Anna Deavere Smith Wins 'Genius' Grant

News   Anna Deavere Smith Wins 'Genius' Grant
 
Playwright/performer/journalist Anna Deavere Smith was named a recipient of a 1996 MacArthur Foundation Grant, often called the "genius" grant.

Playwright/performer/journalist Anna Deavere Smith was named a recipient of a 1996 MacArthur Foundation Grant, often called the "genius" grant.

Smith, who is known for monologues including Fires in the Mirror and Twilight: Los Angeles 1992 -- in which she impersonates people on all sides of a controversial situation -- will get the $280,000 grant with no conditions.

The Los Angeles Times reported that Smith got word of the award in New Haven, CT, where she was peforming Twilight.

"It was really one of those moments of, 'Am I awake or am I dreaming?," the Times quoted Smith as saying. "It's a tremendous honor."

Smith was one of 20 people from many walks of life who were awarded the grants June 17. This year's list also includes New York director/writer John Jesurun, who also got $280,000. Previous theatre-related recipients of the genius grants have included New Vaudeville clown Bill Irwin and avant garde director Richard Foreman.

Smith, 45, a teacher at Stanford University in California, is working on a new drama about the presidency and the press in the 1996 presidential campaign. The yet-untitled play has already scheduled its debut, at Arena Stage in Washington D.C. in fall 1997.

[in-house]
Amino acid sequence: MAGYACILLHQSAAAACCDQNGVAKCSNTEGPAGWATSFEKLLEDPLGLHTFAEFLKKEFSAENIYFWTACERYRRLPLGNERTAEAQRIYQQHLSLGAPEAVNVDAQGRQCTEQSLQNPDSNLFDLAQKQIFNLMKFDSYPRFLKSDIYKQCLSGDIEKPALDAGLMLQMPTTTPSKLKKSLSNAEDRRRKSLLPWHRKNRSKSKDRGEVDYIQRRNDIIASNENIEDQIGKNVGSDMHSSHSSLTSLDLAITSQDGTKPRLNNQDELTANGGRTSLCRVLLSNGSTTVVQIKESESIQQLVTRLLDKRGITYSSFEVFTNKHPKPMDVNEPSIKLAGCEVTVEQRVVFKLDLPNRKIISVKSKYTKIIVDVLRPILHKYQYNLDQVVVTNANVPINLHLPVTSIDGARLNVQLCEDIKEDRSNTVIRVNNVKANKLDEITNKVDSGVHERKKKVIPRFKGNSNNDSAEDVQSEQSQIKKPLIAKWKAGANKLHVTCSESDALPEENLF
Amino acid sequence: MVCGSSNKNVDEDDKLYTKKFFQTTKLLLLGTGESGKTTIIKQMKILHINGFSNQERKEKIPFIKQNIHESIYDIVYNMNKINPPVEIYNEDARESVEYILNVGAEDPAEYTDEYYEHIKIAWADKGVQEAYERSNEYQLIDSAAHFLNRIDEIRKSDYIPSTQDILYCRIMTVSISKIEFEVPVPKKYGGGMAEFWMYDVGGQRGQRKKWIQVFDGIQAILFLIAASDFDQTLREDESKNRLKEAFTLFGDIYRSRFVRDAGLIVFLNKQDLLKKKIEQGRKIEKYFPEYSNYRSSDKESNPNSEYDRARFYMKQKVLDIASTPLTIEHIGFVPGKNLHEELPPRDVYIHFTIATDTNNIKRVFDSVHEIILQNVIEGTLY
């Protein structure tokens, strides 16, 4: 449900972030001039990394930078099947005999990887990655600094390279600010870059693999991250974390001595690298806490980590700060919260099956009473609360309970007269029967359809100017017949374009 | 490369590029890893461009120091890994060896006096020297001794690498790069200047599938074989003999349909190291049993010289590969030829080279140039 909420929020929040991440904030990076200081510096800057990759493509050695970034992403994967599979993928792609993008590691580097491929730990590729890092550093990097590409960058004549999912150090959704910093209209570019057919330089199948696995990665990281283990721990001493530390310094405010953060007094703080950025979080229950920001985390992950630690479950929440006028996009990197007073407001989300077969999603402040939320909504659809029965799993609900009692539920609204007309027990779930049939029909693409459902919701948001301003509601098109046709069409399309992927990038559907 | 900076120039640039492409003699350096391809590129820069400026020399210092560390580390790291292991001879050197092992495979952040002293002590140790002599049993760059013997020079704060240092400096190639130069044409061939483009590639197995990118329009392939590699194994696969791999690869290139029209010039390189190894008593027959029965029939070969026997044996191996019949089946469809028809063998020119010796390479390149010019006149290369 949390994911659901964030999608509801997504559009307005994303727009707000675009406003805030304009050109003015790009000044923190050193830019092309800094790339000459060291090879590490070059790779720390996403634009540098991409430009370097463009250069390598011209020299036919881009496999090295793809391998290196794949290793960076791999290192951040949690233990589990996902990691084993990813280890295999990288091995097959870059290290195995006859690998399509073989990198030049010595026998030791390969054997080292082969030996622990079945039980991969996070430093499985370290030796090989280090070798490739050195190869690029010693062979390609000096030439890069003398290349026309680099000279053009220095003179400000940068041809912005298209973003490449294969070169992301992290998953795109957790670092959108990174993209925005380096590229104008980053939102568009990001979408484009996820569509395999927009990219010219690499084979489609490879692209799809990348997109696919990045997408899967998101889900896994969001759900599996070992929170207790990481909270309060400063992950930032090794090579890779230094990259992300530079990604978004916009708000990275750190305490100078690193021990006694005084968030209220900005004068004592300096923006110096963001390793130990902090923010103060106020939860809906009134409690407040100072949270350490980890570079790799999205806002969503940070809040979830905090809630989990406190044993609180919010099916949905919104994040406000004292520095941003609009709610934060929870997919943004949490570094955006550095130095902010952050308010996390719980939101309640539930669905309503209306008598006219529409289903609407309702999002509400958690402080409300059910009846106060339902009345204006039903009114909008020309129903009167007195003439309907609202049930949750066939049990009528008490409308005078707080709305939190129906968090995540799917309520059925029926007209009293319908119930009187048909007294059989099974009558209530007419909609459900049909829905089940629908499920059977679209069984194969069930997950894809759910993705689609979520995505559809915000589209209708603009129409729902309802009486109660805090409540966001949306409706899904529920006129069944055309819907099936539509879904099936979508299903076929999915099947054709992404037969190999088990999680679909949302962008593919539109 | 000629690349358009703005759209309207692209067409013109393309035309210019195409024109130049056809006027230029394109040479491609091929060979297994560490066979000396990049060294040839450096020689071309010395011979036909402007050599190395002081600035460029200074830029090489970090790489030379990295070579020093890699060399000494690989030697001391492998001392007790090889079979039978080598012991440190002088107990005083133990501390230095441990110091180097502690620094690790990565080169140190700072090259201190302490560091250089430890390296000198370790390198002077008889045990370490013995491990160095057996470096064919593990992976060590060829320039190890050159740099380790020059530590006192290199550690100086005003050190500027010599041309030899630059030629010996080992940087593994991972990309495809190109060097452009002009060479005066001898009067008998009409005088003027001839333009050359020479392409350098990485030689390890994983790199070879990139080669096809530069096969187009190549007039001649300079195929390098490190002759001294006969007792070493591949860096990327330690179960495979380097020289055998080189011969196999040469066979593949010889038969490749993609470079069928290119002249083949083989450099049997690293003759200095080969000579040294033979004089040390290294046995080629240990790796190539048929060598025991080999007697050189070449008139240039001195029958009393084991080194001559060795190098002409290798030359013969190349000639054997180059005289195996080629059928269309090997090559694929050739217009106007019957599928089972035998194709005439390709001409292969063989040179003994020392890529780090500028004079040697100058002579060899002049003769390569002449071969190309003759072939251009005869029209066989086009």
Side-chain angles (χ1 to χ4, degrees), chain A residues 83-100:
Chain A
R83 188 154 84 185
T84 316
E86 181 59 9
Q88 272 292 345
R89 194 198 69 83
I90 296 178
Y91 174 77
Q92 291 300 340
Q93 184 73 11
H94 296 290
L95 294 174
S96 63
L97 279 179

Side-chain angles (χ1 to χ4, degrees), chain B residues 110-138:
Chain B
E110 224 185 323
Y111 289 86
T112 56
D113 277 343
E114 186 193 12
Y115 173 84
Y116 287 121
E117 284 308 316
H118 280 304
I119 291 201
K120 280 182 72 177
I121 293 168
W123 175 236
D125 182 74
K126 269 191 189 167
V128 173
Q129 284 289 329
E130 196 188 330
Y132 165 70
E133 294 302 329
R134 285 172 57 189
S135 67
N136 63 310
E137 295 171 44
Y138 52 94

The monologue will be a co-production with the Goodman Theatre in Chicago and March Taper Forum in Los Angeles, where Smith will perform the piece subsequent to the DC debut.

The new play will be the 16th in Smith's On the Road: A Search for American Character journalism/theatre series in which she closely studies a community or event, interviewing the primary participants, then embodying them and their arguments from all points of view in a series of interweaving monologues. Smith generally performs the monologues herself.

The two best-known works in the series were Fires in the Mirror, about riots in the Crown Heights section of Brooklyn, N.Y., after a Jewish man struck a black boy with his car and killed him; and Twilight: Los Angeles 1992, about race riots in Los Angeles following the not-guilty verdict in the Rodney King beating case.

Explaining her decision to look into the presidential campaign, Smith said "I've gotten to the point in my search that I feel I now have to look to the nation's leadership as a critical part of that character."

No specific dates for the productions have been set.

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